I wanted to take a break from the intense navel-gazing that is my March Madness to write about Silas’ newest obsession.
When I was a kid, my mom started buying beautiful facsimile editions of the Oz books. We have about half a dozen of them. A couple of weeks ago, Silas asked JC to read him “that big book there,” which happened to be The Wonderful Wizard of Oz. Silas has suddenly become able to listen to long stories and books without pictures. He loved The Wizard, and demanded the next book immediately. He likes to just take the books and turn the pages, touching the pictures and saying, “That’s the Tin Woman [Woodman]. That’s the Cowly Lion.” The Lion and Toto are his favorites.
After a couple of weeks of this, we decided to let Silas watch the movie. My mom came, and I was glad that she got to be there. I always think of it as her movie. I remember her making An Event out of it when it was on TV every year (do they still do that?). She once told me that “Somewhere Over the Rainbow” was her favorite song.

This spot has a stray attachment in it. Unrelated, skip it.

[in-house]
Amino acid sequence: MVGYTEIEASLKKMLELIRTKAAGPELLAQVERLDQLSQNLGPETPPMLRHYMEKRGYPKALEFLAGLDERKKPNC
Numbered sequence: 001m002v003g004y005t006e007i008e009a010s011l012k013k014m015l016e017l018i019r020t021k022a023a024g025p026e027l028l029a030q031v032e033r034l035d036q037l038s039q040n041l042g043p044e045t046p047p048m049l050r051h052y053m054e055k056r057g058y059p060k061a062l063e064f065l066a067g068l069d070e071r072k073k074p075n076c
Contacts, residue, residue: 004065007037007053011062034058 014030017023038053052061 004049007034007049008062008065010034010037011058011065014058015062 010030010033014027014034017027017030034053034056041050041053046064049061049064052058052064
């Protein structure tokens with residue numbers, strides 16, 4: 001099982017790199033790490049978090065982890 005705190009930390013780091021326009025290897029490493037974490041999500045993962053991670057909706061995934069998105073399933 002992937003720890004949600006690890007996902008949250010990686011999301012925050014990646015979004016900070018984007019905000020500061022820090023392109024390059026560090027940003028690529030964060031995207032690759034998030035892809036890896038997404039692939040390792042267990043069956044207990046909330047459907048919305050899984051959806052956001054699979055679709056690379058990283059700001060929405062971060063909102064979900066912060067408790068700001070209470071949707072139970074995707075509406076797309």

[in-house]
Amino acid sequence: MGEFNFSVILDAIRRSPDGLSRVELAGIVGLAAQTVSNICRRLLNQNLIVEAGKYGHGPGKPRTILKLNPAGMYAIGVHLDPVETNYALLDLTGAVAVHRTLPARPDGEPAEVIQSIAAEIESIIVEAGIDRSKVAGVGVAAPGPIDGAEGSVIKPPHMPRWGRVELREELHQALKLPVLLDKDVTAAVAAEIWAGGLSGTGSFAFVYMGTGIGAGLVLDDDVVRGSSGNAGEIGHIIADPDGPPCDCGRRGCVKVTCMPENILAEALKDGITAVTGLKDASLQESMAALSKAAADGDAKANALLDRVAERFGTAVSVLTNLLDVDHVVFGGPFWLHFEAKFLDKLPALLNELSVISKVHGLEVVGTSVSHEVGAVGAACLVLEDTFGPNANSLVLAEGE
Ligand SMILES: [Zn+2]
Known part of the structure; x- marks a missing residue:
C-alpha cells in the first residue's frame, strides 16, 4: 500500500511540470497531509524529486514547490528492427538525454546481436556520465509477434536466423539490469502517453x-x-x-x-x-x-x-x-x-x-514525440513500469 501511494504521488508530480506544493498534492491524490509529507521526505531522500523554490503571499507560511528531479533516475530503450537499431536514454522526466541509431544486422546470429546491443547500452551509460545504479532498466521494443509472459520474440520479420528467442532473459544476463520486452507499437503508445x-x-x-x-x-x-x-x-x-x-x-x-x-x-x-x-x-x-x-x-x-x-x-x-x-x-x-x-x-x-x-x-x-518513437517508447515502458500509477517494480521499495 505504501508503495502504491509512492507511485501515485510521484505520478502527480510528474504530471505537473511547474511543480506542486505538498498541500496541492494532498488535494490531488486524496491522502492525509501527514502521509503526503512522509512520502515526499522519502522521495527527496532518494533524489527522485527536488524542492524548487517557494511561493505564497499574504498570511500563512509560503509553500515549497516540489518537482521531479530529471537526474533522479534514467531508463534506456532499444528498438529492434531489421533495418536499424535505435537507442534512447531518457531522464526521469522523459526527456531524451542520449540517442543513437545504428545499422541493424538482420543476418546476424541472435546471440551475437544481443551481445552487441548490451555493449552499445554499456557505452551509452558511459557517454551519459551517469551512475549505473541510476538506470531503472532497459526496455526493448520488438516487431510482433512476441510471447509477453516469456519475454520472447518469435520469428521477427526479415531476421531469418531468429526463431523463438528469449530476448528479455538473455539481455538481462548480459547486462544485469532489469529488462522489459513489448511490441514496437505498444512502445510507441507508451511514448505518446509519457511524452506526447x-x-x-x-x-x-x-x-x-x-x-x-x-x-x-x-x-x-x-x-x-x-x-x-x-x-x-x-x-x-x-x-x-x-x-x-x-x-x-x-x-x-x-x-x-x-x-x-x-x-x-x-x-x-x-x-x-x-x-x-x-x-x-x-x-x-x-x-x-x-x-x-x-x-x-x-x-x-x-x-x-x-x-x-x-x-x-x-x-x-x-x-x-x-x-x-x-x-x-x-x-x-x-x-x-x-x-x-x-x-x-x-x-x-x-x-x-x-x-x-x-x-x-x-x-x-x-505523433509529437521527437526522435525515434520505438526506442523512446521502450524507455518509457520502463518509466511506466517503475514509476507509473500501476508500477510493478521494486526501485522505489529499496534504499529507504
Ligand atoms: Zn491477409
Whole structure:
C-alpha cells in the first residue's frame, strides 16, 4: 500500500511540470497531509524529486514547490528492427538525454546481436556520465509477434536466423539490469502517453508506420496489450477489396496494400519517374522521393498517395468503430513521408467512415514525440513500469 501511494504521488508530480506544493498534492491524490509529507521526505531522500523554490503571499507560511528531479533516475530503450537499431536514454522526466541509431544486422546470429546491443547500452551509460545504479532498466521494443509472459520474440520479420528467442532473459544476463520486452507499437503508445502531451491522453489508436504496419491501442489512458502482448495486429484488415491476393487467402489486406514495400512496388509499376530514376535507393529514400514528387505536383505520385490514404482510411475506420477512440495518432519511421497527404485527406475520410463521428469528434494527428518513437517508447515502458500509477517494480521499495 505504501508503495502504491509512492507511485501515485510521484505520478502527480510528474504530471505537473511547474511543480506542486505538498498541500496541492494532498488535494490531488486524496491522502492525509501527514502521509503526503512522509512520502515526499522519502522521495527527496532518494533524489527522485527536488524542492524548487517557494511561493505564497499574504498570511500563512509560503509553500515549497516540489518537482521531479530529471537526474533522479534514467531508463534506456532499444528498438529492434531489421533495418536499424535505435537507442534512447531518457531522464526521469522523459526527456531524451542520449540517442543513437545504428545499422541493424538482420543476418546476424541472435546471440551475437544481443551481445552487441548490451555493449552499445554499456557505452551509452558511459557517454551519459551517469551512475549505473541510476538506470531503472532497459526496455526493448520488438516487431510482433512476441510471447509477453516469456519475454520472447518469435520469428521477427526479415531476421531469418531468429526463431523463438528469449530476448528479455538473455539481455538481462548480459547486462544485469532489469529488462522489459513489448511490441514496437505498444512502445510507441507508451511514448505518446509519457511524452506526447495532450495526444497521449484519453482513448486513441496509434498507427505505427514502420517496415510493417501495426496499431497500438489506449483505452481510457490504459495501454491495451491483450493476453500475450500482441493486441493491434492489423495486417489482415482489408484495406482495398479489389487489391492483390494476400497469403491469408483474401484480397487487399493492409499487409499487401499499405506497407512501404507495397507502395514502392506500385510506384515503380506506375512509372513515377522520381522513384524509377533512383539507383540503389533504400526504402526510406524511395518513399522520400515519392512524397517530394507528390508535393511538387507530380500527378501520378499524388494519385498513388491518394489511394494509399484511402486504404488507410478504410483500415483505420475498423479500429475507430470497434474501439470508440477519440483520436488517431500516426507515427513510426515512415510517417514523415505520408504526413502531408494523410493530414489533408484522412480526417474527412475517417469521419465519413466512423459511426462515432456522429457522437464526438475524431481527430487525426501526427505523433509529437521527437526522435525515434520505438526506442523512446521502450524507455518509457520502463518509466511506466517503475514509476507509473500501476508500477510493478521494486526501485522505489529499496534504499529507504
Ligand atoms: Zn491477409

Silas loved it, of course. Highlights include: munchkins, flying monkeys, the oilcan, a horse of a different color, the MGM lion.
Here is a supercute supercut of Silas’ incessant reenactment of the movie…
I found, after not having seen the movie in a decade or more, that it was both better and worse than I remembered it. I don’t think watching it in HD is a great idea–the flatness of the painted backgrounds gets distracting, as does the wire moving the lion’s tail. There’s a lot about this movie that is totally hokey–but there is so much that is beautiful and wonderful. I never noticed, as a kid, how utterly graceful the scarecrow’s movements are, or the genius set design of the Emerald City. More than anything else, I noticed the deep commitment of every single actor. No munchkin was silently commenting on midget exploitation. The Wicked Witch doesn’t ever fail to believe in the world she is inhabiting, not even when uttering lines like, “Yeeeessss! Poppppiessss!”
The lesson the script writers intended was “There’s no place like home,” but the moral I took away from this watching was “You can get away with anything as long as you believe in it.”